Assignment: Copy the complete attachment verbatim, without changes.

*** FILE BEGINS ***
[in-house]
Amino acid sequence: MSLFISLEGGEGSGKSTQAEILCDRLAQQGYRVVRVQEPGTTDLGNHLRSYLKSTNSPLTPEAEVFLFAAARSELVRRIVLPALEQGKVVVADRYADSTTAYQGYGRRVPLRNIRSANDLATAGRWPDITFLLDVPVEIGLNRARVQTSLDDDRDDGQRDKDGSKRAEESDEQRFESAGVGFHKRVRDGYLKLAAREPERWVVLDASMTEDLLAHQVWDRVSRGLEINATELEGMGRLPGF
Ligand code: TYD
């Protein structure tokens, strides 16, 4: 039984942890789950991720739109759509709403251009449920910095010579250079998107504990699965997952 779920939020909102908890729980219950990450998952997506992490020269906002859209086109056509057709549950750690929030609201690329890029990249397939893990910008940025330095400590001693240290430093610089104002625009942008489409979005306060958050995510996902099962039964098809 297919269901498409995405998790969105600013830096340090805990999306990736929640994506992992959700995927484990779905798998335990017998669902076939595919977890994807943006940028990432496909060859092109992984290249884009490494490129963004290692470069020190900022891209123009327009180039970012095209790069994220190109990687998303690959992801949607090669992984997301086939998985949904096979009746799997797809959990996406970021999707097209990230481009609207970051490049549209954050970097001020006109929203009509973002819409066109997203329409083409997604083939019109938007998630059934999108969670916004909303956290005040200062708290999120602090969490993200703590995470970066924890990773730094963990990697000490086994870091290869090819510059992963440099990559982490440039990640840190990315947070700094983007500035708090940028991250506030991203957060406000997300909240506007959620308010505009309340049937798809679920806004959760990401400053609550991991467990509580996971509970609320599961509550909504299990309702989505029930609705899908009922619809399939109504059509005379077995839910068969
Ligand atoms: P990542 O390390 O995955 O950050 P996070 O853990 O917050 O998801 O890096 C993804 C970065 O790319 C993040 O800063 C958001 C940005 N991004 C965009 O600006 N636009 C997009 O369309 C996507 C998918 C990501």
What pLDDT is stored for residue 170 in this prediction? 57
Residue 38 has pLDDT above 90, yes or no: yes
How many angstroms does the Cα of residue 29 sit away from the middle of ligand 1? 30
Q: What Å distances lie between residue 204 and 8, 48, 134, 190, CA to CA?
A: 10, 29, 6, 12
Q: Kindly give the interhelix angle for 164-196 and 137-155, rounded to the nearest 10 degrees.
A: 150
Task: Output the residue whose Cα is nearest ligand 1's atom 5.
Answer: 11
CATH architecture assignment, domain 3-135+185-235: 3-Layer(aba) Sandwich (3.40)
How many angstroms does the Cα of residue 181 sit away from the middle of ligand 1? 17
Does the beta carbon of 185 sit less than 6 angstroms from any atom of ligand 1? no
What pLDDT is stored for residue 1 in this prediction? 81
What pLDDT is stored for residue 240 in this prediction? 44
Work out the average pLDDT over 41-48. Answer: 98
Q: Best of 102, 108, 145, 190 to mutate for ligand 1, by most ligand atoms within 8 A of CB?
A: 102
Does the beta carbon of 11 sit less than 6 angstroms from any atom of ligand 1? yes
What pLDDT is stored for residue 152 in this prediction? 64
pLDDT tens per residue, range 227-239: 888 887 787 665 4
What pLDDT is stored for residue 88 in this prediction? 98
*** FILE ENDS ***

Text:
[in-house]
Amino acid sequence: MSLFISLEGGEGSGKSTQAEILCDRLAQQGYRVVRVQEPGTTDLGNHLRSYLKSTNSPLTPEAEVFLFAAARSELVRRIVLPALEQGKVVVADRYADSTTAYQGYGRRVPLRNIRSANDLATAGRWPDITFLLDVPVEIGLNRARVQTSLDDDRDDGQRDKDGSKRAEESDEQRFESAGVGFHKRVRDGYLKLAAREPERWVVLDASMTEDLLAHQVWDRVSRGLEINATELEGMGRLPGF
Ligand code: TYD
């Protein structure tokens, strides 16, 4: 039984942890789950991720739109759509709403251009449920910095010579250079998107504990699965997952 779920939020909102908890729980219950990450998952997506992490020269906002859209086109056509057709549950750690929030609201690329890029990249397939893990910008940025330095400590001693240290430093610089104002625009942008489409979005306060958050995510996902099962039964098809 297919269901498409995405998790969105600013830096340090805990999306990736929640994506992992959700995927484990779905798998335990017998669902076939595919977890994807943006940028990432496909060859092109992984290249884009490494490129963004290692470069020190900022891209123009327009180039970012095209790069994220190109990687998303690959992801949607090669992984997301086939998985949904096979009746799997797809959990996406970021999707097209990230481009609207970051490049549209954050970097001020006109929203009509973002819409066109997203329409083409997604083939019109938007998630059934999108969670916004909303956290005040200062708290999120602090969490993200703590995470970066924890990773730094963990990697000490086994870091290869090819510059992963440099990559982490440039990640840190990315947070700094983007500035708090940028991250506030991203957060406000997300909240506007959620308010505009309340049937798809679920806004959760990401400053609550991991467990509580996971509970609320599961509550909504299990309702989505029930609705899908009922619809399939109504059509005379077995839910068969
Ligand atoms: P990542 O390390 O995955 O950050 P996070 O853990 O917050 O998801 O890096 C993804 C970065 O790319 C993040 O800063 C958001 C940005 N991004 C965009 O600006 N636009 C997009 O369309 C996507 C998918 C990501």
What pLDDT is stored for residue 170 in this prediction? 57
Residue 38 has pLDDT above 90, yes or no: yes
How many angstroms does the Cα of residue 29 sit away from the middle of ligand 1? 30
Q: What Å distances lie between residue 204 and 8, 48, 134, 190, CA to CA?
A: 10, 29, 6, 12
Q: Kindly give the interhelix angle for 164-196 and 137-155, rounded to the nearest 10 degrees.
A: 150
Task: Output the residue whose Cα is nearest ligand 1's atom 5.
Answer: 11
CATH architecture assignment, domain 3-135+185-235: 3-Layer(aba) Sandwich (3.40)
How many angstroms does the Cα of residue 181 sit away from the middle of ligand 1? 17
Does the beta carbon of 185 sit less than 6 angstroms from any atom of ligand 1? no
What pLDDT is stored for residue 1 in this prediction? 81
What pLDDT is stored for residue 240 in this prediction? 44
Work out the average pLDDT over 41-48. Answer: 98
Q: Best of 102, 108, 145, 190 to mutate for ligand 1, by most ligand atoms within 8 A of CB?
A: 102
Does the beta carbon of 11 sit less than 6 angstroms from any atom of ligand 1? yes
What pLDDT is stored for residue 152 in this prediction? 64
pLDDT tens per residue, range 227-239: 888 887 787 665 4
What pLDDT is stored for residue 88 in this prediction? 98